The rationale was that Palestine will not be free from Israeli military occupation, nor will restrictions on Palestinians’ movement and access end, anytime soon. After floating the ideas of opening a branch of a West Bank university in Gaza and/or in the Galilee area of Israel, this particular project sought to proactively address the fact that ignoring the systemic, forced fragmentation of all of our people will only contribute to further disintegration of our social and political fabric, thus threatening our national project. Our bold initiative aimed to contribute to building a generation of Palestinians who would be tomorrow’s leaders, but without the geographic limitation placed upon them by a foreign military occupier. Unable to unite in their childhood, we hoped that they may unite in their education and post-education lives, and we wanted to give them a head start.

Step one was to bring on board a leading Palestinian university, an academic partner. The first university that was approached accepted, but with a caveat. They were (and still are) so stretched in terms of human capacity and financial resources, they could do little more than to lend their insights and brand to the project. We considered that enough to get the ball rolling.

The project sought to facilitate the presence of the first Palestinian institution of higher education established outside Palestine for the sake of all Palestinians. We consciously wanted to defy the forced fragmentation that Israel has imposed upon our people ever since its creation in 1948. Our answer to this was to bring together all components of the geographically fragmented Palestinian people so they may physically unite in a genuine Palestinian educational environment, in terms of curriculum, teaching staff, and student body.

A first-of-its-kind venue, this envisioned university was to, for the first time since 1948, bring together Palestinian students from the occupied territory (West Bank, East Jerusalem, and Gaza Strip) to the same classrooms with Palestinian students from inside Israel, from across the region (refugees in Lebanon, Syria, Jordan, and elsewhere), alongside those Palestinians in the diaspora.

Added to this student body mix, we envisioned those foreigners who were in solidarity with the Palestinian struggle to be students as well as part of the teaching cohort. This conceptualized community become a phenomenon that we started to virtually entertain, day in and day out. 

The location chosen to conduct the feasibility in was the island of the Republic of Cyprus. Why Cyprus? Cyprus’ unique geographic position, cradling Europe and the Middle East, and its historic business, political, and cultural ties to the Arab world made it an ideal location for the project. Being one of newest and smallest countries admitted into the European Union (requiring compliance to EU education standards) also made Cyprus an ideally suited venue, given Palestine itself is small and seeks regional inclusion. Furthermore, the country has always been supportive to the Palestinian struggle for freedom and independence, not to mention that Cyprus is experiencing their own flavor of military occupation by Turkey, which would have provided an ideal comparative case study for Palestinian students.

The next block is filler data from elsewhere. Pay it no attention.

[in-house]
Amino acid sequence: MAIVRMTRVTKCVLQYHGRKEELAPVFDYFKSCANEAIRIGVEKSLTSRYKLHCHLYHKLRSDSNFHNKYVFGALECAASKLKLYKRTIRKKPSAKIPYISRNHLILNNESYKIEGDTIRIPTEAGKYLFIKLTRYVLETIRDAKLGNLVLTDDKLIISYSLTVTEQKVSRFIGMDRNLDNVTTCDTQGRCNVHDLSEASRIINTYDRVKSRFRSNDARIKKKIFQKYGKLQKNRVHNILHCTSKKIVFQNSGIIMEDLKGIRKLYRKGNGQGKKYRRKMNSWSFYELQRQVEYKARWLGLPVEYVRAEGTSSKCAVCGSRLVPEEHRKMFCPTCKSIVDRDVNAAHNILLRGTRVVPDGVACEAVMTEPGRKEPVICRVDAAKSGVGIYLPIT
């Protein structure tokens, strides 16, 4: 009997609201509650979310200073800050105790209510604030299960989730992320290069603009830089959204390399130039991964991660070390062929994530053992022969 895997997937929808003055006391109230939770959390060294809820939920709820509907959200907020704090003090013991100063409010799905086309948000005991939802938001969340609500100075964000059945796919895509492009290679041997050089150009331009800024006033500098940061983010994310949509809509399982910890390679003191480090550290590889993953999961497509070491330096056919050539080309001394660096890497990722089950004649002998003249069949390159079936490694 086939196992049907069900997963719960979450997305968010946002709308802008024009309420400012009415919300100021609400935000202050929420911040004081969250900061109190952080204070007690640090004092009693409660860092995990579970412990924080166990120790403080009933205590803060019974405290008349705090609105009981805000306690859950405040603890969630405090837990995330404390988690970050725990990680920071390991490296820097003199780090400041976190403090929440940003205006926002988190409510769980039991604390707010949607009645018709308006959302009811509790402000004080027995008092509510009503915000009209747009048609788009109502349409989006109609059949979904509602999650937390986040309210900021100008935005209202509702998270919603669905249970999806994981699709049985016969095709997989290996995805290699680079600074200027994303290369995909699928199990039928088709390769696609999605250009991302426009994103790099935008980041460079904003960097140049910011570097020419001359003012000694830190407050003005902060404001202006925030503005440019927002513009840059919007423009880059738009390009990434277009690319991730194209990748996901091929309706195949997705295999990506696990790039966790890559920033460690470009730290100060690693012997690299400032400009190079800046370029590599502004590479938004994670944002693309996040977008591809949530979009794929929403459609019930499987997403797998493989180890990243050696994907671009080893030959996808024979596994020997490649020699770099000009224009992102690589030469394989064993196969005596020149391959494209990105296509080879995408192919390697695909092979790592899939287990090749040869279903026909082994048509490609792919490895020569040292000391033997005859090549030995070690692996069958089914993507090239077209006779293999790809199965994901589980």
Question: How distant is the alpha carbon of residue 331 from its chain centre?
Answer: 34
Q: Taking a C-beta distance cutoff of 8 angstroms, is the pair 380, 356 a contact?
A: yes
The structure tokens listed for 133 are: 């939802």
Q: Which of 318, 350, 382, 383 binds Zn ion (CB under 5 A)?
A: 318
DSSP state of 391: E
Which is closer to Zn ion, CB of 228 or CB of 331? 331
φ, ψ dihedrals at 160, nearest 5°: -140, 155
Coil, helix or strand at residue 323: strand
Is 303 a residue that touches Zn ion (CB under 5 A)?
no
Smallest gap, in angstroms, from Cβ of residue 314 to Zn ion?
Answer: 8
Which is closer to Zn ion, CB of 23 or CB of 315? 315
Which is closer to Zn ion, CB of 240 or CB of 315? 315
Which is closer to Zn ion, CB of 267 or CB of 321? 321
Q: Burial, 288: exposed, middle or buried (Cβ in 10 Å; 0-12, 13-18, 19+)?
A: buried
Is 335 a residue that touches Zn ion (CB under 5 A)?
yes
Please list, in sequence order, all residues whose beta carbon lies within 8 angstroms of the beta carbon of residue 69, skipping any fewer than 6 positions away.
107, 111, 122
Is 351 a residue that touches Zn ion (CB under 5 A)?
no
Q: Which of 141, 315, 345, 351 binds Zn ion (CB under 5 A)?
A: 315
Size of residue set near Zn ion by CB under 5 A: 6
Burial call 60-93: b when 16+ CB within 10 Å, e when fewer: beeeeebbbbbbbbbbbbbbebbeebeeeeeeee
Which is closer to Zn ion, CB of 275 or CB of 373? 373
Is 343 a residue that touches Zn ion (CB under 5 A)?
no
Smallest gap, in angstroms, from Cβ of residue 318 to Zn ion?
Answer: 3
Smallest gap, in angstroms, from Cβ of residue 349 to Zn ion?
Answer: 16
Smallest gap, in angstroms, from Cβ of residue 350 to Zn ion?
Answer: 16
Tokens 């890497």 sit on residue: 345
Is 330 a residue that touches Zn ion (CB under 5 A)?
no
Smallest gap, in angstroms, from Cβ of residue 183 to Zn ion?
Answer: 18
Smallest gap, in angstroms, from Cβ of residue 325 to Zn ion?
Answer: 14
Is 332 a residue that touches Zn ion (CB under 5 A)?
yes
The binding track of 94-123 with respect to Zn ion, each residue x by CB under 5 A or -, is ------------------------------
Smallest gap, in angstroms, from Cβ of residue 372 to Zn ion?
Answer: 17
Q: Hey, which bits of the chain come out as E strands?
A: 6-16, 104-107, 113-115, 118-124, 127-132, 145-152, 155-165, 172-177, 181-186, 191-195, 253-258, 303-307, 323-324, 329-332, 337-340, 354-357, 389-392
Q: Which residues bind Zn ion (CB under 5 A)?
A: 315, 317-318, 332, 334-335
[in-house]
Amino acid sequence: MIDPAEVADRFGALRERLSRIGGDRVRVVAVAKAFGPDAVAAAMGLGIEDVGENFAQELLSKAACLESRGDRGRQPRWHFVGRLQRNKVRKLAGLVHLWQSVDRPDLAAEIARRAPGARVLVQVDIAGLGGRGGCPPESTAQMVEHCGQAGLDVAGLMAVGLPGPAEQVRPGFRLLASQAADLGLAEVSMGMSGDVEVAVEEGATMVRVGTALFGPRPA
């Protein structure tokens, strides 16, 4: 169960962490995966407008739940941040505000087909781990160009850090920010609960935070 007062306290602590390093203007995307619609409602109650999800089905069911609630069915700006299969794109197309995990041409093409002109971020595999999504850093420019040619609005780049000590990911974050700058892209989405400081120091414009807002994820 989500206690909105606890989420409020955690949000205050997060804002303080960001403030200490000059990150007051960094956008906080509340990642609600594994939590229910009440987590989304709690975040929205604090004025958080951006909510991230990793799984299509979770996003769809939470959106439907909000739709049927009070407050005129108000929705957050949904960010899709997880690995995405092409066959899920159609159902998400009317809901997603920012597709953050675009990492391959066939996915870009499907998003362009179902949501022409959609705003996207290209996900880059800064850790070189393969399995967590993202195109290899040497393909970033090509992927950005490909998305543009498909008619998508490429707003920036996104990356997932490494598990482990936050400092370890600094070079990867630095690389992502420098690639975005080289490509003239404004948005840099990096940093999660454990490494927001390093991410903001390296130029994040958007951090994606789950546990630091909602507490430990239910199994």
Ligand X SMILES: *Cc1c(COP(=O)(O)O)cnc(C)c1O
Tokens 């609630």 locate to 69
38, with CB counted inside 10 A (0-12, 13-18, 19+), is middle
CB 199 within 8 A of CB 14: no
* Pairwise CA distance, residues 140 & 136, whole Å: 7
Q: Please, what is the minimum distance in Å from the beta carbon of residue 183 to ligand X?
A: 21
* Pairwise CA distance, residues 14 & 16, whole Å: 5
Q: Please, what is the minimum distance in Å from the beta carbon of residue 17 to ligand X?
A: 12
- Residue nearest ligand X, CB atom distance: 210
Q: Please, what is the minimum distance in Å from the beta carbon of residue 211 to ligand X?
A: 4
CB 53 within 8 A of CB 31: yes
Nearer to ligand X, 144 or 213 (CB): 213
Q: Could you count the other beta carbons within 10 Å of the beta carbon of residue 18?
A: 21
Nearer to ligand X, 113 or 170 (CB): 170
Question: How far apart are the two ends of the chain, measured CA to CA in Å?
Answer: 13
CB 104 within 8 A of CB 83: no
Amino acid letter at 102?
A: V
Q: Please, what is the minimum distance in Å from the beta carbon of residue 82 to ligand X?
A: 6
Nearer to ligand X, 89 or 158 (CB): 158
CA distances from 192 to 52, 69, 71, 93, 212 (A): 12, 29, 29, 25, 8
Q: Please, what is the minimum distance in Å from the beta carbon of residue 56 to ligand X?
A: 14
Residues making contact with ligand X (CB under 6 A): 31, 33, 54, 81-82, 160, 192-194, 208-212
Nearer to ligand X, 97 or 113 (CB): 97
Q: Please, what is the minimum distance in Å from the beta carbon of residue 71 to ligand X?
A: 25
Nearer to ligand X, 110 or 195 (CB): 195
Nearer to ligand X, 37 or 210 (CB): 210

A side benefit to all of this was the expectation that researchers-in-residence would be hosted by the new university to study the ingathering of Palestinians from all walks of life, a unique setup to say the least.

An Objective Study, Almost 

I will be the first to admit the study of this project was not fully objective. The consulting team had a higher calling, not least of which was the desire to see Palestinians from all walks of life join efforts in a single geographic location, something unfathomable in today’s political reality.

Three leading Palestinian corporate social responsibility funds heeded our call for seed funds to get a pre-feasibility study started. Although the amount of funds granted were trivial, we felt it was strategic that Palestinians in Palestine registered their material support to reach out to Palestinians abroad. 

While conducting the pre-feasibility study, we added to the team of consultants a Palestinian expert in higher education who is based in Europe. Together, we all made a field visit to Cyprus and met with a myriad of potential stakeholders, Cypriot university administrators, Cypriot and Cypriot-based professors, legal experts, investors, and Palestine’s ambassador to Cyprus, just to list a few.

A LinkedIn group called Academic Network for Palestine (ANPs) was established to begin to identify future academics who may have a role in the project. We reached out to scholars who were experts in their field, from Palestine to Harvard University to across the Arab world. In no time, nearly two hundred interested persons subscribed.